High-cost energy leaves plenty of room to be supplanted by innovation, stranding costly overpriced investment. We adopted beasts of burden because they were cheaper in terms of productivity than human power alone. We harnessed the wind and water for the same reason. Fossil fuels replaced all these because they were more affordable and reliable. We have never gone backward and returned to more expensive, less reliable energy.
Economist Stephen Moore makes a good argument in the Washington Examiner that the administration’s green policies will never work. It requires too much space and high carbon inputs.
Billions of people worldwide are still without reliable electricity. For those that do have electricity, 40% is coal-powered. The idea these people will opt for expensive, unreliable imported windmills and solar panels flys in the face of history.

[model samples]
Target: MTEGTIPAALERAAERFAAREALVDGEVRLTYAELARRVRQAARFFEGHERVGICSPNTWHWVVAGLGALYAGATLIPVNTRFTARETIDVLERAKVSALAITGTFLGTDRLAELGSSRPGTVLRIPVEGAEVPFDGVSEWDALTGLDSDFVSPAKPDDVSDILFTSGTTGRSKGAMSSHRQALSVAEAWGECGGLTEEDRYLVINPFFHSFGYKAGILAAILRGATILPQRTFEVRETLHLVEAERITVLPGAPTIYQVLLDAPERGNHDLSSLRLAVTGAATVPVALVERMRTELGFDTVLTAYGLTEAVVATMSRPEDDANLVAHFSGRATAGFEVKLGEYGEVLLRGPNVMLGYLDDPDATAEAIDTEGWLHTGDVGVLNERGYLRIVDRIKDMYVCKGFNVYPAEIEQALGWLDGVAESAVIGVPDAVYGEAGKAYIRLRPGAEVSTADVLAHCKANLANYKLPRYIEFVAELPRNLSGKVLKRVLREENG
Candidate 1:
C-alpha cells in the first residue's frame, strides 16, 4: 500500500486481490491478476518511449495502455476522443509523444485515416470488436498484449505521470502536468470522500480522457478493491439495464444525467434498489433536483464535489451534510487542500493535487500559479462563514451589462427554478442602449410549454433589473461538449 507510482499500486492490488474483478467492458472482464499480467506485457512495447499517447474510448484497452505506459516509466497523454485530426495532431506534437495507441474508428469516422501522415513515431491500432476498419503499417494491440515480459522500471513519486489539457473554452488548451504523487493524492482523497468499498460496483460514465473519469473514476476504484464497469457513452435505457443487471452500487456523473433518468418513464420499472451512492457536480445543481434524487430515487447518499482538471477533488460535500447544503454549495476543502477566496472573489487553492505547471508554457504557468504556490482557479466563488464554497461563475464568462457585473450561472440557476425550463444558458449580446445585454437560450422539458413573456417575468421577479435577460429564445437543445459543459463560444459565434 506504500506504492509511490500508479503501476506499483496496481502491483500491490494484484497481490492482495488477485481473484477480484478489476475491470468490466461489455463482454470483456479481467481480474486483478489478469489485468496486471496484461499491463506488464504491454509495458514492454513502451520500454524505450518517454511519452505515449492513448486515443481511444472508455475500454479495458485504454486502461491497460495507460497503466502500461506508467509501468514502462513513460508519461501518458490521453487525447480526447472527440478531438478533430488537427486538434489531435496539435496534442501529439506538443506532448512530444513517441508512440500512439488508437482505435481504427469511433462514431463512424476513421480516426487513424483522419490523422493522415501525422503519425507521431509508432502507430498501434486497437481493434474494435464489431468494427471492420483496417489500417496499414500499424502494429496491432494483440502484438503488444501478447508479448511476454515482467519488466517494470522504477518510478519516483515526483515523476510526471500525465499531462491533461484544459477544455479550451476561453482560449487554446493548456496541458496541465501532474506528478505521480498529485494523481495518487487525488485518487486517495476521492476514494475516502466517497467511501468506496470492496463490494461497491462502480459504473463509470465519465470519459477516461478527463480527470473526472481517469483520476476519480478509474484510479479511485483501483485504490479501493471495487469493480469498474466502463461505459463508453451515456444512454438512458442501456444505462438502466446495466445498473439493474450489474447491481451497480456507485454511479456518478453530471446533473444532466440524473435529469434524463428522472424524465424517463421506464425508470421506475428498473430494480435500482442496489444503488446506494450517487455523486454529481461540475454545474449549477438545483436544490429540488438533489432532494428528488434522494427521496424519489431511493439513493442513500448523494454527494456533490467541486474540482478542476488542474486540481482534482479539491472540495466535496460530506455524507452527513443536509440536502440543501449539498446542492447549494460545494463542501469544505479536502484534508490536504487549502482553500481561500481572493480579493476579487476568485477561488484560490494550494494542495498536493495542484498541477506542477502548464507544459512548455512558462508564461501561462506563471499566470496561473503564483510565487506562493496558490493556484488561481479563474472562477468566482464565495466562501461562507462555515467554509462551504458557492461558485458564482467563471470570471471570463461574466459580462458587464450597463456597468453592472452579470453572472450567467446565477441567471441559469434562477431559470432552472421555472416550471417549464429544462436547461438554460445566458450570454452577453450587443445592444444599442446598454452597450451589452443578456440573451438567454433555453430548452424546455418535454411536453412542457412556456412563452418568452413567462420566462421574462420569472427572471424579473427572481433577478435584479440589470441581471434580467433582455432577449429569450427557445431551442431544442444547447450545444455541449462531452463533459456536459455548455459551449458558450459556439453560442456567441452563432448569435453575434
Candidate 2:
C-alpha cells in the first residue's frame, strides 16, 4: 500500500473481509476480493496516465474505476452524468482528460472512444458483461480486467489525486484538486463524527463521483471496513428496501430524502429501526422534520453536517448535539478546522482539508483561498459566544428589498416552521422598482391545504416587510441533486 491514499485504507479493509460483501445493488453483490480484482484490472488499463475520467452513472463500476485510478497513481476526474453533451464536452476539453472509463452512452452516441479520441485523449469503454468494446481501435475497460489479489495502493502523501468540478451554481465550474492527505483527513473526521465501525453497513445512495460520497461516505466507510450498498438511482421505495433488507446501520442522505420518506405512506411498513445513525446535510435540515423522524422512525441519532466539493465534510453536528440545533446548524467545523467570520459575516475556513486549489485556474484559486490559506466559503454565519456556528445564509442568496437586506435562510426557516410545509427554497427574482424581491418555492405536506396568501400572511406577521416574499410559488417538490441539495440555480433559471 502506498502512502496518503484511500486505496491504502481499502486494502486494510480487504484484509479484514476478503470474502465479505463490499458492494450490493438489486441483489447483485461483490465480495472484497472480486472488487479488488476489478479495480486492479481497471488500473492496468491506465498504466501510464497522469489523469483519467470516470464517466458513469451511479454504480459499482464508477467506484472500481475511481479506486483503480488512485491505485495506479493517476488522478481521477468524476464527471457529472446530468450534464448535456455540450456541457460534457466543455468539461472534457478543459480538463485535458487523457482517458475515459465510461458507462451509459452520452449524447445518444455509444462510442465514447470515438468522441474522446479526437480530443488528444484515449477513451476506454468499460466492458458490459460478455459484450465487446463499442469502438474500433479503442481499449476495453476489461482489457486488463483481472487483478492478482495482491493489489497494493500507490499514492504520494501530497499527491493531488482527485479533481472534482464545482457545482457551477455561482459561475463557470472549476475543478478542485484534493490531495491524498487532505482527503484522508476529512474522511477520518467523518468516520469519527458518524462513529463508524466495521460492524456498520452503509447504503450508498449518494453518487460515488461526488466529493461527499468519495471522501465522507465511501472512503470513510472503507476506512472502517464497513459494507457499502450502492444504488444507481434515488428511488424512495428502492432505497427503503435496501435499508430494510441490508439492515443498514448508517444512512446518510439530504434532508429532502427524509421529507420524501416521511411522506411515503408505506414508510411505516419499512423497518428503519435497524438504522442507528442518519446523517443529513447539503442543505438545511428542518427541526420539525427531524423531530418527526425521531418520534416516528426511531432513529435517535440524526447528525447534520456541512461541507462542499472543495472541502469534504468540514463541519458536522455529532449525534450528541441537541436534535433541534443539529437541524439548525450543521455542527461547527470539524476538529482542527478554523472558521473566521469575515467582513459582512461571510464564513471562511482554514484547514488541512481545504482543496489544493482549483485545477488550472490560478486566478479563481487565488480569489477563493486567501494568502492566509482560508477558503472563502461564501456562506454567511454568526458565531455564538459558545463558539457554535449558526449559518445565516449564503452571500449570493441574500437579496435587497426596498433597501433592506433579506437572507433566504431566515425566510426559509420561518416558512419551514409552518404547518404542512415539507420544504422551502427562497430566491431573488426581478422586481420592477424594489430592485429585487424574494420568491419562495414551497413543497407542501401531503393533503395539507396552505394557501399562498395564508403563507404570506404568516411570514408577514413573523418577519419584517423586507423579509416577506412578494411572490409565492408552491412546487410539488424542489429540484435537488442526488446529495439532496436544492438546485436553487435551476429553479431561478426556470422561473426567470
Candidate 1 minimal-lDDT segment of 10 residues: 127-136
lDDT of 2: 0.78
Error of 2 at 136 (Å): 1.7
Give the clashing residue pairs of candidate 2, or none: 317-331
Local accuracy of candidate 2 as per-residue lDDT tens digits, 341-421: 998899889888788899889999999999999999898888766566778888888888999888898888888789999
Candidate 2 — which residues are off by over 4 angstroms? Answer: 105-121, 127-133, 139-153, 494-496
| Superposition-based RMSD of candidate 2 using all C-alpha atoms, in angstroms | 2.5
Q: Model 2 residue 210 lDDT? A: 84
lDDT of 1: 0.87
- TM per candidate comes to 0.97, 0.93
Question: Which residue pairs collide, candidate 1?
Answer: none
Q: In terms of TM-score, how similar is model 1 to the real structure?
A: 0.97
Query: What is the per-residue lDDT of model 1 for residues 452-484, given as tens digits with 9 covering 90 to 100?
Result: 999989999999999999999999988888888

There is no reason to believe there isn’t plenty of natural gas to replace current and future coal usage, cutting those emissions in half or more. You have to have reliable energy to back up when the sun doesn’t shine, or the wind doesn’t blow; why bother with wind or solar power except in particular circumstances?
The major problem with expanding natural gas use is political rather than availability. For example, the vast new gas field in the eastern Meditteranean is attracting European Union orders to replace Russian production, but there are obstacles. The one Egyptian liquid Natural Gas facility is near capacity. Building more takes significant capital investment, but the Europeans are reluctant to commit to long-term contracts in the face of extreme Green resistance. Of course, an undersea pipeline would be best, but according to the Wall Street Journal, the U.S. joined in opposition for environmental reasons.